Date: 02 October 2012
A Tasman Bay Big Beach Clean-up is to be held for the third year running, this year on Saturday 10 November. Hundreds of volunteers cleared tonnes of rubbish from beaches in the previous two beach clean-ups, organised by the Department of Conservation in partnership with the Tasman District Council, Nelson City Council and NELMAC Ltd.
The call is now going out for community groups to sign up to clean one of 50 sections of beaches spread over 295 kilometres of Tasman Bay coast, from Abel Tasman National Park to Cable Bay. Around half those coastal sections have already been taken up by groups who took part in previous beach clean-ups.
Groups can find out more about the beach clean-up and register to take part on the DOC website .
DOC Acting Motueka Area Manager Mark Townsend said the annual Big Beach Clean-up was a great way for the community to care for their environment.
“Last year’s collection of six tonnes of rubbish was outstanding. Clubs, groups and businesses are encouraged to get organised and get involved in this year’s beach clean-up.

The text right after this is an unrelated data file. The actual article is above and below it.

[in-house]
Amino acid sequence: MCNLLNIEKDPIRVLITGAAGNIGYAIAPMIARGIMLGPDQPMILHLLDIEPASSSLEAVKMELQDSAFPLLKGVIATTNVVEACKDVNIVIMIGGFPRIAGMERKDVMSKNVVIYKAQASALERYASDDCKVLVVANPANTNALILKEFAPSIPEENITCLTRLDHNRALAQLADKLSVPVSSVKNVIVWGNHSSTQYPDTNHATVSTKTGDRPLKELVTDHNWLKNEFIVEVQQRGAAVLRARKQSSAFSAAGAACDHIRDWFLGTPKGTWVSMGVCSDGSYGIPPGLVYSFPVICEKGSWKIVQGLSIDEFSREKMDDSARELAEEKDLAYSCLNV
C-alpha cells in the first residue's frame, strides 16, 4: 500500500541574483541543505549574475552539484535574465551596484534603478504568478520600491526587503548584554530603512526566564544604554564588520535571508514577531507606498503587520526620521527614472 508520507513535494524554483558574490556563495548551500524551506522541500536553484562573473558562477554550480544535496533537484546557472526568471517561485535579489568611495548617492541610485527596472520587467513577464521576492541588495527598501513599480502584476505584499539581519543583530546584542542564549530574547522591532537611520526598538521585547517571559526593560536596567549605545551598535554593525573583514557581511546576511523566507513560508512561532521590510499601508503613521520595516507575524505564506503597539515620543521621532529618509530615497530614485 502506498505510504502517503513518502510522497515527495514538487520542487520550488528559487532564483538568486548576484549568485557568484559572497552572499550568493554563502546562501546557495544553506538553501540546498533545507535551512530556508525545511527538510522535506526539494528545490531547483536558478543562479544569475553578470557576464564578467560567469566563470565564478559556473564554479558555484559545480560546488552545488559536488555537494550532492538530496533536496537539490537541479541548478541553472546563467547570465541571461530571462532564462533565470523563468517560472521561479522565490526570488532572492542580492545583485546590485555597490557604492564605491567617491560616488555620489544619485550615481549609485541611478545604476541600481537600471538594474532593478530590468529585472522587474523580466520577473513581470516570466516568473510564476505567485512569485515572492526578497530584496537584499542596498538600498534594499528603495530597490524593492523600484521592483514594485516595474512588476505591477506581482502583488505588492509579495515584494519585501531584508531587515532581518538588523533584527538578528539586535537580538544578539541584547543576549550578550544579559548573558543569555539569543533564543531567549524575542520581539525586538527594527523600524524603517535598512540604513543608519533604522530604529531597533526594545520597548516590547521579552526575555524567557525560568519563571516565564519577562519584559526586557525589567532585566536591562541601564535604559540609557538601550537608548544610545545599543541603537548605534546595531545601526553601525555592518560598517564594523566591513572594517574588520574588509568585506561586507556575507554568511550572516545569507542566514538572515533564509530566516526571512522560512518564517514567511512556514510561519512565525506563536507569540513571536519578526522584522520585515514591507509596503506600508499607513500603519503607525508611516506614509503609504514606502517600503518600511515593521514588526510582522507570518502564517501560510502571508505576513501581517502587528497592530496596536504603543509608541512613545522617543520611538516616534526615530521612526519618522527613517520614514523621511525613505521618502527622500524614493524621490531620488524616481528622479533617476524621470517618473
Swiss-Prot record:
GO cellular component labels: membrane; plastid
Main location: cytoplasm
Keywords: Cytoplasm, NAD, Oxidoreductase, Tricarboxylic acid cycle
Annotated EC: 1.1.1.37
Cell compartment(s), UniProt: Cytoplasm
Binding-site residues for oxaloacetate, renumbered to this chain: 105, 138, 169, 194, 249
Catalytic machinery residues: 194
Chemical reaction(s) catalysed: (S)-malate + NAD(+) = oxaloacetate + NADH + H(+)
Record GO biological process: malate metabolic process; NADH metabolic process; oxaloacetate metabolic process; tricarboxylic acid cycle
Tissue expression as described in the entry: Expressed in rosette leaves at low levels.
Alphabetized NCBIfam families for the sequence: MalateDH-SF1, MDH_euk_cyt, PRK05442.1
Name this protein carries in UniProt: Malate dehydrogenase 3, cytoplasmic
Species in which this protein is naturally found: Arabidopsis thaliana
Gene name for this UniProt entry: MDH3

“We are looking forward to another great day with lots of local people getting a day out for the good of everyone who enjoys our Tasman Bay beaches and coast.
“Businesses have used the event as a team-building exercise and many reported they had a great time exploring new places for the first time.”
The coastal sections are of varying lengths and are ranked easy, medium and difficult in terms of ease of access and the terrain. Groups are encouraged to register for a section suited to the size of their group and the capability of their members. Groups with appropriate skills and experience are sought for difficult sites which require boat access.
With low tide at 12.30pm on 10 November, participating groups are encouraged to get out early in the morning to make the most of lower tide levels to collect rubbish from tidal areas.
In the event of bad weather on 10 November the event would be postponed till the following day, Sunday 11 November.
Last year photos of beach-cleaning groups were posted on the DOC website for a couple of months acknowledging the tremendous effort put in by those involved.
Mr Townsend said sadly much of what is found washed up on beaches was swept down rivers or thrown from passing vehicles.
“Litter should be recycled, reused or contained in a land fill somewhere safe. Plastic bags and bottles are especially harmful for marine mammals that can swallow smaller items mistaking items as food.”
In the first Tasman Bay Big Beach Clean-up in November 2010, 10.4 tonnes of rubbish was collected.
Community Relations Programme Manager,
DOC Motueka Area
Tel: +64 3 528 1424